Researchers said Monday a new cocaine vaccine in clinical trial has shown promise in reducing use among addicts and could serve as vital treatment for some 1.6 million Americans dependent on the drug.
The authors of a new report say the vaccine reduces use of the drug by raising anti-cocaine antibody levels in the blood, thereby inactivating the cocaine before it enters the brain and gives the user a high.
But in a six-month trial conducted by researchers at Yale University School of Medicine and Baylor College of Medicine, only 38 percent of vaccinated subjects produced antibody levels high enough to sequester the cocaine and significantly reduce the feelings of euphoria from the drug.
And those who did produce enough antibodies maintained them for only two months.
"Optimal treatment will likely require repeated booster vaccinations to maintain appropriate antibody levels," the authors wrote in their report, published Monday in the October issue of the Archives of General Psychiatry.
Senior writer for the report, Thomas Kosten, has been trying to develop a viable cocaine vaccine for 15 years. He began his research in animals, and shifted to humans several years ago, seeking to launch trials in Europe.
Work on the latest Yale/Baylor trial began five years ago, he said.
"Fifteen years ago everyone... said you can't make antibodies to little molecules like this," Kosten told AFP in a telephone interview.
But Kosten insisted he could.
The vaccine causes a large protein molecule to attach to the smaller cocaine molecule, which stimulates the immune system to produce antibodies that recognize the drug and prevent it from reaching the brain, he said.
The trial involved a total of 115 "cocaine-dependent individuals" -- 58 who received five shots of the active vaccine and 57 who received placebos. All underwent rigorous urine testing for the drug.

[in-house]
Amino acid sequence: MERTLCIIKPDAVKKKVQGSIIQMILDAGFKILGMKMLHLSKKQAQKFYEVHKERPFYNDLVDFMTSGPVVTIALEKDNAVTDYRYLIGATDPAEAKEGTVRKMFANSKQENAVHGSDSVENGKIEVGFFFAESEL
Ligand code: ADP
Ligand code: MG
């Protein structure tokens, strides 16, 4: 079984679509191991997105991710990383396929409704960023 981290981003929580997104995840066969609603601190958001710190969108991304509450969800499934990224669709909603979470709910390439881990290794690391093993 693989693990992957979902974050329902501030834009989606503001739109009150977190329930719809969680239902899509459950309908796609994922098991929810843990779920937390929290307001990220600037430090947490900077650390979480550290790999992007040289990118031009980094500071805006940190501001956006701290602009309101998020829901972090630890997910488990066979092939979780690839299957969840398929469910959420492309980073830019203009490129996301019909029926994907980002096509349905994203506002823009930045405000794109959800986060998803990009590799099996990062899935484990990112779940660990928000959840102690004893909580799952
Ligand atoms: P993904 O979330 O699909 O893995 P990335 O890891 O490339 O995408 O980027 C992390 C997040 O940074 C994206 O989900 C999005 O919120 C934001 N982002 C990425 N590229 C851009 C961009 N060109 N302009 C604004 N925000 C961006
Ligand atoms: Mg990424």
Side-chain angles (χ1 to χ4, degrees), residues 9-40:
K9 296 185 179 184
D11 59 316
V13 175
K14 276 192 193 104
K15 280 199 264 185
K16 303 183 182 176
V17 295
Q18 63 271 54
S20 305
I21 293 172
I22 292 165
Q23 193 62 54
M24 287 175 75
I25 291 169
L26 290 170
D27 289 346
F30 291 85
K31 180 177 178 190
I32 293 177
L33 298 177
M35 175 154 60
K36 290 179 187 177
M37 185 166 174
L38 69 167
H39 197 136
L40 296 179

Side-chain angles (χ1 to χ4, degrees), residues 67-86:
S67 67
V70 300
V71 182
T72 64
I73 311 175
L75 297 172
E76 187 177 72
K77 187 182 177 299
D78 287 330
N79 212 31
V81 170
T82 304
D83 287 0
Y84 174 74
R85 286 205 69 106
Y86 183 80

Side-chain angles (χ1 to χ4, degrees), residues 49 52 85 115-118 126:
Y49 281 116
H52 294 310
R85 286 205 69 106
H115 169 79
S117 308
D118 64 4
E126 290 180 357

Of those who took all five vaccinations, 38 percent reached cocaine antibody levels of 43 micrograms per milliliter or higher, seen as enough to ward off the drugs' euphoric effects.
Cocaine use among that group plunged, with those participants having significantly more cocaine-free urine samples between weeks nine and 16 of the study, according to the findings.
Kosten stressed that another 40 percent of subjects "were producing levels of antibodies that would block a typical single use of cocaine, which would keep people from relapsing."
There is no existing US-approved pharmacological therapy for cocaine abuse, and treatment now mostly involves psychiatric counseling and 12-step programs.
The costs for treating cocaine or contending with overdoses has skyrocketed into the billions of dollars per year.
In the United States about 40 percent of cocaine addicts, or 650,000 people, receive treatment, Kosten says, and one in three drug-related emergency room visits is connected to cocaine abuse.
The United States is the world's number one market for cocaine, and protecting illicit but lucrative narco-trafficking routes from Mexico across the border has led to an explosion of violence in Mexico that has left thousands dead.